Barbados Prime Minister Mia Mottley has been listed among Time Magazine's 100 Most Influential People of 2022, appearing on one of the five global covers released Monday morning.
The magazine describes Mottley as a Bold and fearless, possessing a great intellect and wit. It says the Prime Minister is a brilliant politician who knows how to shake things up.
"Since she was a young woman growing up in the Caribbean, Mia Mottley has always cared deeply about critical issues impacting the world. From poverty to debt to climate change, she is a vocal advocate on the world stage for responsible stewardship of our planet, so that nations large and small and people rich and poor can survive and thrive together, the magazine says.
“@miaamormottley is an embodiment of our conscience, reminding us all to treat our planet and therefore one another with love, dignity, and care,” writes Ngozi Okonjo-Iweala (@NOIweala) #TIME100 https://t.co/HuMRgPMnZr pic.twitter.com/DsNieGB1Qt— TIME (@TIME) May 23, 2022
"At COP26 in Glasgow late last year, she chided the world’s leaders for not working more diligently to limit the potential catastrophic impacts of climate change, telling them to try harder.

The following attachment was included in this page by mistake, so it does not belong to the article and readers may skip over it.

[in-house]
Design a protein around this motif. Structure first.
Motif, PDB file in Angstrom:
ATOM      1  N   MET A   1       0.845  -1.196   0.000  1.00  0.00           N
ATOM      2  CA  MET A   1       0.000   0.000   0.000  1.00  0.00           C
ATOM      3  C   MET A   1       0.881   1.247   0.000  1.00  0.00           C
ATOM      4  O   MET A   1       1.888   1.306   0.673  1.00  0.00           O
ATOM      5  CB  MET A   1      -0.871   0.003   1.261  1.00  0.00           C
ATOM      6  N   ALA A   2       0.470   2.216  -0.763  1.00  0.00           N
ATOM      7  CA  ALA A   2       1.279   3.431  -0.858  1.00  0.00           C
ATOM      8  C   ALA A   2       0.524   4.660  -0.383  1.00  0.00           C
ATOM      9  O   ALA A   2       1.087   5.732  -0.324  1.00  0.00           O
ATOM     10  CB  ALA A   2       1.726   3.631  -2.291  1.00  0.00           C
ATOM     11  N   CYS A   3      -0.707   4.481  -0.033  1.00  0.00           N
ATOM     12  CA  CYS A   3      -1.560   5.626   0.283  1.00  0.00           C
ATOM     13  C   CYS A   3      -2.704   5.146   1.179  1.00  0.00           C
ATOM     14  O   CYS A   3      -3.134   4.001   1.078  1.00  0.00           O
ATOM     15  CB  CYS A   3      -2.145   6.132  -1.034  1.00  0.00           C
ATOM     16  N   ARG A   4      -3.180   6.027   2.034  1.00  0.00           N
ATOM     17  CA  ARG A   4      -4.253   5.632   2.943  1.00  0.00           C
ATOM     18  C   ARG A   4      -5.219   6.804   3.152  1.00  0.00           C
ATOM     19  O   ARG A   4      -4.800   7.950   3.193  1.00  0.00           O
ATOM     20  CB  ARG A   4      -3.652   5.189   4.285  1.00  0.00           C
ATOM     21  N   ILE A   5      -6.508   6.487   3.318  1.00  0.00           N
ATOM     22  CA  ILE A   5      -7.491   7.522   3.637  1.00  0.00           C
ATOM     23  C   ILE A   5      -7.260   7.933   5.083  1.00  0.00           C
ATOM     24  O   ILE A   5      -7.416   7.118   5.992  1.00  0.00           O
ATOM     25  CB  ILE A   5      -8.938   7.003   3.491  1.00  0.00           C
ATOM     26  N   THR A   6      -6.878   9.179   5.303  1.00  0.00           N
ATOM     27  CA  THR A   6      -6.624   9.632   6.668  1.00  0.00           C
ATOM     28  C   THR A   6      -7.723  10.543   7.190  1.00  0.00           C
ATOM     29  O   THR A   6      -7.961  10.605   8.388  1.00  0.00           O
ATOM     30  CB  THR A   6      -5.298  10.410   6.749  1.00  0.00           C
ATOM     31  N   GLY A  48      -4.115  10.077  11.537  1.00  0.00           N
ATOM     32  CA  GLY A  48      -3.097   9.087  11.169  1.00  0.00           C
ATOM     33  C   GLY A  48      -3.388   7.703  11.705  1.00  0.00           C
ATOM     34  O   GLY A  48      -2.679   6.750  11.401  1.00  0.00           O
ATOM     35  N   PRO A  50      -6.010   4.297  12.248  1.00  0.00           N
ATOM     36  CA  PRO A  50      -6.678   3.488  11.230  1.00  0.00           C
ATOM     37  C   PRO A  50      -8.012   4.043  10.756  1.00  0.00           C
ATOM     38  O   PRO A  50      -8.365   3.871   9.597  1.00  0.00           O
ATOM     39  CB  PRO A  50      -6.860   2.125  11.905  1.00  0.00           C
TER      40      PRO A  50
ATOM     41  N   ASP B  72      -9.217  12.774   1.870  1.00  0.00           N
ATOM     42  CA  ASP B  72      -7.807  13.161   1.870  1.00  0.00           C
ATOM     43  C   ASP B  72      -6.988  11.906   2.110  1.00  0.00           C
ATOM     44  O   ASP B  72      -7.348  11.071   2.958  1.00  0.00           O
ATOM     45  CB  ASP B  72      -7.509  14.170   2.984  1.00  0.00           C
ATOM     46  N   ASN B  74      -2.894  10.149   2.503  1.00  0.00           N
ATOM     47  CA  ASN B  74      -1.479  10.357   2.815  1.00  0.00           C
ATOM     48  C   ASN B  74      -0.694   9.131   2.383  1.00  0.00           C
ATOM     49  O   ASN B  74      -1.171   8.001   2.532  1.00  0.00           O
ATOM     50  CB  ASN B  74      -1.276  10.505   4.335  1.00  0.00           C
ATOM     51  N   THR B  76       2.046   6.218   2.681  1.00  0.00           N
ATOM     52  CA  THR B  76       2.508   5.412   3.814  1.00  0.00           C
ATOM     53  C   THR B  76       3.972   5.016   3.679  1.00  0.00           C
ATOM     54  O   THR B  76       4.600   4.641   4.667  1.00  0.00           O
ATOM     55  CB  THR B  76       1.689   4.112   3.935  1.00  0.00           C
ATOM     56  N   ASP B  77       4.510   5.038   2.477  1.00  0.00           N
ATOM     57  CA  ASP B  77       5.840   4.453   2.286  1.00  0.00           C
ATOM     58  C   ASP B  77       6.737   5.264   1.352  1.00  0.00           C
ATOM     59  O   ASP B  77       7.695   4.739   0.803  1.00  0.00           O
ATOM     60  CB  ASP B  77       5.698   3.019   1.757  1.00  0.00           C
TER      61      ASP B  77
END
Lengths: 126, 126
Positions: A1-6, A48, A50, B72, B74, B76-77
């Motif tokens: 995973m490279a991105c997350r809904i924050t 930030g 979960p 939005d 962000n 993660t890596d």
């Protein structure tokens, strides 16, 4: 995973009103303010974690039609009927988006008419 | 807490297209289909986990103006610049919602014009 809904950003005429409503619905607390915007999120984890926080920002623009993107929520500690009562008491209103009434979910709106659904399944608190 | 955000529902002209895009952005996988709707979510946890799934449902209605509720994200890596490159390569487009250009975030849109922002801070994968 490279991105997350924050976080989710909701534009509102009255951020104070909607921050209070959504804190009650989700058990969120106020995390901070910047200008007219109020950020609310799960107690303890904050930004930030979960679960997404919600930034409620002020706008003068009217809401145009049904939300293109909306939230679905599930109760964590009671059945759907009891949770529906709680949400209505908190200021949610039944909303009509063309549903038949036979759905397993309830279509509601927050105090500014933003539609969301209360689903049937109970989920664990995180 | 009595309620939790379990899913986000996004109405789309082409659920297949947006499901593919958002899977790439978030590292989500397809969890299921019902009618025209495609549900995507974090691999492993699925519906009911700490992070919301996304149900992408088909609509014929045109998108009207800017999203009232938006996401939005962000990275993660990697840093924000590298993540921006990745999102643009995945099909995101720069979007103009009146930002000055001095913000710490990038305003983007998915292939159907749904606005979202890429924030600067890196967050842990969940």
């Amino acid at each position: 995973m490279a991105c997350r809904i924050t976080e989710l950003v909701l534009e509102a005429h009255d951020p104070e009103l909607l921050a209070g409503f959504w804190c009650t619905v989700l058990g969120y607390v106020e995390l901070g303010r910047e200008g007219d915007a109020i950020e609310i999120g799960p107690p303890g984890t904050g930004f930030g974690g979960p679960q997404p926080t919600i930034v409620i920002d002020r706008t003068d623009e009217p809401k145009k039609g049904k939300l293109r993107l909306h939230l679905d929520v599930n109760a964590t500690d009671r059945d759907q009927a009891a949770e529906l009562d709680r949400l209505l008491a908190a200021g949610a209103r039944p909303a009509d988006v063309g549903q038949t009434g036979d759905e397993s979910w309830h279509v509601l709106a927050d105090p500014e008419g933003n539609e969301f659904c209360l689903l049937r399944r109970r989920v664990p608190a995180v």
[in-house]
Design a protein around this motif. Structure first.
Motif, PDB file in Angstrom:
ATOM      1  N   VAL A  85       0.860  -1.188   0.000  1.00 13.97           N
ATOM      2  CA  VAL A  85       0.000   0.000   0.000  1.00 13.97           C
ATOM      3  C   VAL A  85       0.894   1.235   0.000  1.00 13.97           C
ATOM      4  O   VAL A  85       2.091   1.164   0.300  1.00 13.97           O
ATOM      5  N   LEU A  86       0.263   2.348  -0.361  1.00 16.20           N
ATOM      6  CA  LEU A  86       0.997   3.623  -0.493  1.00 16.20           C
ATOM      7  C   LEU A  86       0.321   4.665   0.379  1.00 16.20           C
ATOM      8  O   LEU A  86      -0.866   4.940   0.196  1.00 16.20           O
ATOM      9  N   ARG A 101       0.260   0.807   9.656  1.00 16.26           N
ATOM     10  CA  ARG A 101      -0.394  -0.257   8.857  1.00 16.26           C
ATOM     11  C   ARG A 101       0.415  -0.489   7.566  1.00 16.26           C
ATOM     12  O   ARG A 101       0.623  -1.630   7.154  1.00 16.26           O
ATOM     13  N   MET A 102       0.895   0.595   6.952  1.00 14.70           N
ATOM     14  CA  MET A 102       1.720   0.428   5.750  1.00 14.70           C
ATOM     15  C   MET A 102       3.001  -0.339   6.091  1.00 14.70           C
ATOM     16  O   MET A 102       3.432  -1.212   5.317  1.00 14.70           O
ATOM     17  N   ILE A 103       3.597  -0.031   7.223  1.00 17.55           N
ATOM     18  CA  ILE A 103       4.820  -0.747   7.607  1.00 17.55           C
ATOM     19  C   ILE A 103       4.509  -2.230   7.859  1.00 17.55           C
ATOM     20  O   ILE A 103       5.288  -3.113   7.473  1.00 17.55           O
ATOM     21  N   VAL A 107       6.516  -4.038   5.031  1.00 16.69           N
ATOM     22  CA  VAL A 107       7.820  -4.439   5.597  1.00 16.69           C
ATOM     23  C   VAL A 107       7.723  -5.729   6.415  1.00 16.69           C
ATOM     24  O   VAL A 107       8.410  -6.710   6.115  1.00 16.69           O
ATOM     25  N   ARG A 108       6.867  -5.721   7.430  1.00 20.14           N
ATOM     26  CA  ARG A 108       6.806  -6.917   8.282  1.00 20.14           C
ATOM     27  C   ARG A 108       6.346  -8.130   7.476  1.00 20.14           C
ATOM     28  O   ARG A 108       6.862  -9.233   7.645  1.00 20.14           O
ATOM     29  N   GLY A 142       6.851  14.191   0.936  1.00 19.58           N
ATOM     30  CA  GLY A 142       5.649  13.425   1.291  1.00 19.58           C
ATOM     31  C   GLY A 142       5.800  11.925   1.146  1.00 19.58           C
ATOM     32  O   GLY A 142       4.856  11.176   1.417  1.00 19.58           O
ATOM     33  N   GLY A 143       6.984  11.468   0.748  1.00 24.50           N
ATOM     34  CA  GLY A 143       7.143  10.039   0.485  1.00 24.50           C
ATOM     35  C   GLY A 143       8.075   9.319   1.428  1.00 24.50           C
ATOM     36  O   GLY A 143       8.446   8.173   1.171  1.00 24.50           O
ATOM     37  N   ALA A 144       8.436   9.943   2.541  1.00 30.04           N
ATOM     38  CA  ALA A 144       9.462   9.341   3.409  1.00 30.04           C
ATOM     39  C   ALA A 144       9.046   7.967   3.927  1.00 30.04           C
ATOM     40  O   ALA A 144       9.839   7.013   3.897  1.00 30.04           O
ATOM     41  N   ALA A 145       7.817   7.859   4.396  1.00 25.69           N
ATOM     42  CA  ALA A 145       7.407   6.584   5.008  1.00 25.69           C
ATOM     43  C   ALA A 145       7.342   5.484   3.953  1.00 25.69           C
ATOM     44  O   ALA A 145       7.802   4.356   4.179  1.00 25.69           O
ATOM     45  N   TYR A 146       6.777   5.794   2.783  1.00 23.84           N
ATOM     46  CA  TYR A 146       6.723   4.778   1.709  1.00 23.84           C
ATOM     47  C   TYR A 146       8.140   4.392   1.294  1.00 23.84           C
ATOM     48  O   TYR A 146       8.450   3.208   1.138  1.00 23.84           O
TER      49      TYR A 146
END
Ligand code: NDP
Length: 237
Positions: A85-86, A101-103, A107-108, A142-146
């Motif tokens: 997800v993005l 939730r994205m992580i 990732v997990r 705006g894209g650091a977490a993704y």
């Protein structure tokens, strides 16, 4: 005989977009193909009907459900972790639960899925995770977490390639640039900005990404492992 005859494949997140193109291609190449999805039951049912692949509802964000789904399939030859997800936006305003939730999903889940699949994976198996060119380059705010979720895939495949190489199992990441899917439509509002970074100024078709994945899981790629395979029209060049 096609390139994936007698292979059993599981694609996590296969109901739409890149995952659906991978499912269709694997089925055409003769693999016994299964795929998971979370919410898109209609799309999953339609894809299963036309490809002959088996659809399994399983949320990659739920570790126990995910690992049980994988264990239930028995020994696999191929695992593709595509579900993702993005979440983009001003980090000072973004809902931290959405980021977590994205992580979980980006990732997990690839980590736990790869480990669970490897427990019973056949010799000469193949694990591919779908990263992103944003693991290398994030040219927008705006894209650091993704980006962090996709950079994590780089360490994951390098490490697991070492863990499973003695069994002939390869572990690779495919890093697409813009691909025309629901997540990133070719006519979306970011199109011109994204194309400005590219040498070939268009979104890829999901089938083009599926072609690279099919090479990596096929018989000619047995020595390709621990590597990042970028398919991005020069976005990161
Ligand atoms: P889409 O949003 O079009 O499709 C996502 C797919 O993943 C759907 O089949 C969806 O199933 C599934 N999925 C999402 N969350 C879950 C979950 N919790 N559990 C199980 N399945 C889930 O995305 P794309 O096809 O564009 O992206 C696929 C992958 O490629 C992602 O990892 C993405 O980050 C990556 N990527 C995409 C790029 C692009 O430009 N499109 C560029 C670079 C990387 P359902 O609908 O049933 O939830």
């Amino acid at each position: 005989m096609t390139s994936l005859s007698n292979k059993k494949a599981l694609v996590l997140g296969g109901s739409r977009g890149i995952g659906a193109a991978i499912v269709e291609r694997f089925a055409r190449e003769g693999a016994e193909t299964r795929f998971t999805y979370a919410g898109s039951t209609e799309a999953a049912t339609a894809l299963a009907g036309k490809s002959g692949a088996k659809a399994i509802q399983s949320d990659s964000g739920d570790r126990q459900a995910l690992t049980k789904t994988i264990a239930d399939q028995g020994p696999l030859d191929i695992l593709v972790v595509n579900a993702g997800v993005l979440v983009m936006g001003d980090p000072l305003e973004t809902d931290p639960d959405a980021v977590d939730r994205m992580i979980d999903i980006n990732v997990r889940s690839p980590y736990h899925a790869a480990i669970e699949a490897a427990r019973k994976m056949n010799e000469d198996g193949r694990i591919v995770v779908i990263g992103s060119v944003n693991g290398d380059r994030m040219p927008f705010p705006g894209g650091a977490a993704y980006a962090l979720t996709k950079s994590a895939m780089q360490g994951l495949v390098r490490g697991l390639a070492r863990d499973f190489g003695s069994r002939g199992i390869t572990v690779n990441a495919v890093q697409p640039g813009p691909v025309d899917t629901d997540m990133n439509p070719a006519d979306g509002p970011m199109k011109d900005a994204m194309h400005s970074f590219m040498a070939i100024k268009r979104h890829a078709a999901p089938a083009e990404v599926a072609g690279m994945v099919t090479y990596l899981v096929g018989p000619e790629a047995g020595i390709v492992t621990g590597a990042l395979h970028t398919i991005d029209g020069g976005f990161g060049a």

While chair of the World Bank and the International Monetary Fund’s Development Committee, she reminded the world’s finance gurus that the level of a country’s per capita income may not always be the best measure of its wealth. After all: one climate-change-induced hurricane can take a significant toll on that wealth.
The rationale for Mottley's inclusion on the list was penned by Ngozi Okonjo-Iweala, director-general of the World Trade Organization, herself an environmental sustainability advocate.
"Mia Mottley is an icon in her country, having won re-election by a landslide. The Prime Minister strides boldly on the world stage. She is an embodiment of our conscience, reminding us all to treat our planet, and therefore one another, with love, dignity, and care.
Mottley's has also been lauded for spearheaded other progressive initiatives as prime minister. These include starting the process to abolish the secondary school entrance exam, long regarded as a thorn in the side of equitable education in the region; declaring her intent for Barbados to recognise same-sex unions; and delivering on her promise of making Barbados a republic.
Telling TIME Magazine that her country and the wider region “have been the victims of imperial ambitions for too long,” she wanted to let “that little Barbadian boy, that little Barbadian girl, believe that they could aspire to the the head of state in their own country.”